November 2011 -- Last weekend I took Katie on a brief tour of some of my childhood haunts in Norwalk/Darien CT. We saw the pond I skated on, the hill I sledded on, the diner where I often ate with my father on Saturday mornings, and the site of a long-gone petting zoo. I had so much fun I wanted to show her more places from my formative years, and show my wife and other children also.
Such a trip would be difficult to arrange however. It is hard to coordinate everyone's schedules; some of the places are far apart; and my children would get bored after a half hour. So I came up with a better idea: an Internet tour! This web page is that tour. My goal is to show my family the places where I had fun as a child or that were important to me in some way, and to annotate each location with some of my memories from the place.
The tour is organized in rough chronological order...
July 1953 -- Born at Kew Gardens General Hospital (now gone) in Queens NY.
July 1953 to winter 1955 -- Lived in an apartment in the Kew Gardens section of Queens. I believe the address was 82-08 135th Street, Apt 6L or 64 [40.71411,-73.823063].
Winter 1955 to summer 1968 -- 90 Maywood Road, Norwalk, CT [41.100646,-73.460558]. This was my childhood home and the center of many childhood memories. (Picture in late 1950s, before we added on a 2nd floor.)
My house was surrounded by woods on three sides, which are
still there. This provided many places to explore, play with my
friends, and have some freedom to roam safely because none of the woods
were large enough to get lost. Our favorite game was "army". As 1960
was just 15 years after WWII ended, war was glorious and
heroic. We all had toy rifles, pistols, machine guns and
hand-grenades. Tim Lewis was always the Captain of our
troop. Looking back, I am not sure why he was the leader, but
no one questioned it and he did a good job. Geordie or I were sometimes
second-in-command as Lieutenant. We would hide behind rocks and shoot
the imaginary enemy. We built forts to hold prisoners. One fort was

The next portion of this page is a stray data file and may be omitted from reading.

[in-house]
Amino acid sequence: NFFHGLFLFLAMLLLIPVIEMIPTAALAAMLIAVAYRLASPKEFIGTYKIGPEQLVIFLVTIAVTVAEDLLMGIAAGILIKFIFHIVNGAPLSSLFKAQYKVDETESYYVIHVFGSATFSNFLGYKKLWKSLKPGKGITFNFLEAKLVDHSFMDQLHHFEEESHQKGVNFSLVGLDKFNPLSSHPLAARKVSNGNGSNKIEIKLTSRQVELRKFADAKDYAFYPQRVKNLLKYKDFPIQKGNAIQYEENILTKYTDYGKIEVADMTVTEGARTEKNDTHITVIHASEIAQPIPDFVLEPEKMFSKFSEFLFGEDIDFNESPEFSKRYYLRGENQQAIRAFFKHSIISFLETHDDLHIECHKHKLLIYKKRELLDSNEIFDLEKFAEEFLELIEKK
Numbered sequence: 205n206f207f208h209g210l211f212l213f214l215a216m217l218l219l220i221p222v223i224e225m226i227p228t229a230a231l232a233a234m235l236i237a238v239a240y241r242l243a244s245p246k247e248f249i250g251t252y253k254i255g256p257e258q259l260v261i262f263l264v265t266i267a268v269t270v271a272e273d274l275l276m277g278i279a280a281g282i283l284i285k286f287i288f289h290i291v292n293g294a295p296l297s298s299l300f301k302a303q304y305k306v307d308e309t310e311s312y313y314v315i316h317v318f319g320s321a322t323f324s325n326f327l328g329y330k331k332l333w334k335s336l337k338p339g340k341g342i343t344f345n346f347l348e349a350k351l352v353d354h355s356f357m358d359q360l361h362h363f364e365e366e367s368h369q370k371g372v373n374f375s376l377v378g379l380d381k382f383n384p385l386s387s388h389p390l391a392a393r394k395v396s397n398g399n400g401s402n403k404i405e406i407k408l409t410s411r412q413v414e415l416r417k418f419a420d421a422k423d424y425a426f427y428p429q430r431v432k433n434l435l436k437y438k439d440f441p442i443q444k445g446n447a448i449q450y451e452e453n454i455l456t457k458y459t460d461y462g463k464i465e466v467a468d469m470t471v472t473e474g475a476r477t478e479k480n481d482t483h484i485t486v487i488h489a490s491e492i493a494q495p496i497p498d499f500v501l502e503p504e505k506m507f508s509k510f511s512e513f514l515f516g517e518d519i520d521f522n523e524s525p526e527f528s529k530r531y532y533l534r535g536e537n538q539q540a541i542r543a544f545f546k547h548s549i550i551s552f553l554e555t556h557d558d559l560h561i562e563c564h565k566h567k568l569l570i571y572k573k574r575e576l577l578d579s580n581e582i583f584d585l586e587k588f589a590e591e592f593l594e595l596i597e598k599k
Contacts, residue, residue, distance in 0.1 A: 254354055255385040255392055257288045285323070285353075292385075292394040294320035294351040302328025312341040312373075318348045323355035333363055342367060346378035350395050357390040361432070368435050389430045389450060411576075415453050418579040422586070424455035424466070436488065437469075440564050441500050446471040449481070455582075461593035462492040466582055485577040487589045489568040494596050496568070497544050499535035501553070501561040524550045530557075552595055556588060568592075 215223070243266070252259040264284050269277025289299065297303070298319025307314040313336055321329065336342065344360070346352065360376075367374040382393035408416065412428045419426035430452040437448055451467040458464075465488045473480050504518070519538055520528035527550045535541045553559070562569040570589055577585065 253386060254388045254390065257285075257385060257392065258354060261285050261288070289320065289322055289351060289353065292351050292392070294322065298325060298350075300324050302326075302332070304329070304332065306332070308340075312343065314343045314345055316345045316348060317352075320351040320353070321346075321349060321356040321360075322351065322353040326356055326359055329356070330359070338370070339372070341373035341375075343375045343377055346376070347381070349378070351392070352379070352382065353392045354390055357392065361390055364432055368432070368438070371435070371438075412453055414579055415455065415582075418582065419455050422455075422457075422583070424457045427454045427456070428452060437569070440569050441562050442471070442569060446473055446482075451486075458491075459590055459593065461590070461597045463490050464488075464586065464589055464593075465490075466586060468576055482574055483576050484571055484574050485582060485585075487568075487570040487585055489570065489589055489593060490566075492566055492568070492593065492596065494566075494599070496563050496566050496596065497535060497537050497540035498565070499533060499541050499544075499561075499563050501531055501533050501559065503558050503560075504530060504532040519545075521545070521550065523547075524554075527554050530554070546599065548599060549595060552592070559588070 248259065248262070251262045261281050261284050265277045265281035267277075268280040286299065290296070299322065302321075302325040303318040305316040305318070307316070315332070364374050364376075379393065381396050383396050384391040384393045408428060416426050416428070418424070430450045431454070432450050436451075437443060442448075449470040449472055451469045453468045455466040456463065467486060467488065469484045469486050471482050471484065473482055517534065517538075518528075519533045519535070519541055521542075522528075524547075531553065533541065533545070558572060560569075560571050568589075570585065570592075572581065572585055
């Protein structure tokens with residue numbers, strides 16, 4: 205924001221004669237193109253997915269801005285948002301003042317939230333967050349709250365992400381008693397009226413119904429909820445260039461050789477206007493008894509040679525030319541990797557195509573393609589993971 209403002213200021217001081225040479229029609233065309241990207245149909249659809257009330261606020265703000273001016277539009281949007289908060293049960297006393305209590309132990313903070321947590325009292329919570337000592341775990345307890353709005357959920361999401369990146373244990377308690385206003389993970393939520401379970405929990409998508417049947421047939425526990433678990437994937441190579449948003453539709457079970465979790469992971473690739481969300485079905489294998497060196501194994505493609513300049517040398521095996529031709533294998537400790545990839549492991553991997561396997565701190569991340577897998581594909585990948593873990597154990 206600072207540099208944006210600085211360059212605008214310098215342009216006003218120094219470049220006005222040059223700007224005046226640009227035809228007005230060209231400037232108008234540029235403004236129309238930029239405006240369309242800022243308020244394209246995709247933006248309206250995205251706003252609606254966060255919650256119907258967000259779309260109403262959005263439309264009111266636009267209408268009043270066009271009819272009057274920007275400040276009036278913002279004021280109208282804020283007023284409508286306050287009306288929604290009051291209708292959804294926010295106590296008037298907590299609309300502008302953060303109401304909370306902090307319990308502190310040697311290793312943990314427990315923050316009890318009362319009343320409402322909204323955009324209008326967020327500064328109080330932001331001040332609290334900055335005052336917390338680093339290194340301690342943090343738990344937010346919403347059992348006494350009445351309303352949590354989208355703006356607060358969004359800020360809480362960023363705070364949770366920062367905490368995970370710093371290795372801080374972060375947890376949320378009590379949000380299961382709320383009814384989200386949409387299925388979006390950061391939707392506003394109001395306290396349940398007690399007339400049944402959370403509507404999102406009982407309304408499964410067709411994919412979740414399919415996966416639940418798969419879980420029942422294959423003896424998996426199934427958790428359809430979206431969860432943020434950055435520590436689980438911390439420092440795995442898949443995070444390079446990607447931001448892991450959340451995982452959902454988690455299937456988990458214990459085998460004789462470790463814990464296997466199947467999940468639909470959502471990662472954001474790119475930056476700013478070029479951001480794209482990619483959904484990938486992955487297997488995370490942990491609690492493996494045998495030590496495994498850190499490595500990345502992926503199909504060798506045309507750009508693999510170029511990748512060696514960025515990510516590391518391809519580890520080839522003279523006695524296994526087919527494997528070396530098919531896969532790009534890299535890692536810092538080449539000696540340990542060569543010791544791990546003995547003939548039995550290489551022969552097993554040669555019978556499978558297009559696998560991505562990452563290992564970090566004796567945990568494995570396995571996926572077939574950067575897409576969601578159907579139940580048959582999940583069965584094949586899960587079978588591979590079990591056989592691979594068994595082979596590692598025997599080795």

carved out of a pricker patch and truly was impossible to escape from
if we guarded the small door.
My house also had another great feature in a large, rectangular front yard. This was a perfect place for baseball games in the spring/summer and touch football games in the fall. Kids from a wide area would come to my house often for these games, sometimes directly from school because we rarely got much homework. Since I was not a good athlete -- being shorter and skinnier than most -- this allowed me to be involved in pickup sports that I might otherwise have missed.
A short walk through a neighbor's backyard was an abandoned "ice pond" [41.099603,-73.459142, still there], used many years before to freeze/cut/store ice for the summer months. The ice pond was dirty and covered with scum during the summer, but created a perfect skating rink in the winter. My friends and I spent many happy hours skating there and playing informal hockey games. We could walk to/from the pond easily and go home for hot chocolate when we were cold. (Picture of the pond in 2011. Notice the stone pillars on the left, which held up the house that stored the ice in the summer.)
Just slightly farther down Maywood Road was a wonderful large, grassy hill for sledding in the winter. It looked so big to us that all the kids called it Tower Hill [41.096389,-73.460278, now houses there]. It is quite close to #90 but seemed like a long walk after a hard day of sledding. (Picture of the hill in 2011.)
My two best friends from this time were Geordie Campbell and John Bunzick, whom I have known since we were about five years old and I am still close to. Geordie lived in two different houses [41.095265,-73.455053 and 41.113107,-73.456523] and John lived at [41.11976,-73.449098].
My house was near to a classic baby-boomer neighborhood, Flintlock and Powderhorn Roads [41.098435,-73.457875]. The houses were all similar and many had young families with kids my age. While it was a fairly long bike ride to get there, it was only about 100 yards through the woods south of my house. I made that walk many times. We played baseball in the street, bought ice cream from a truck in the summer, and generally just hung out. There was always a friend coming out of some house looking for something to do. When the evening air was still, I could hear the bells of the ice cream truck from my house and, if I ran fast, could get through the woods while the truck was still there. Both streets were dead-end, so the neighborhood was quite safe. Friends from there included Mike Conforti, Ted Jerkops, Sharon Katzung, Edie Morse, Bill Yoder, Rusty Tiederman, and Tim & Karen Lewis.
Near my elementary school was the Boulder Road area, which was convenient for after-school play and an easy bike ride on weekends. Some of my friends who lived there were Peter Olsen, Kim Wallace, Mike Buzzeo and Floyd Frankel. Floyd and I are still in touch.
Across the street from our school was a technical college, which had a large field [41.102517,-73.453884] that we used for launching Estes model rockets.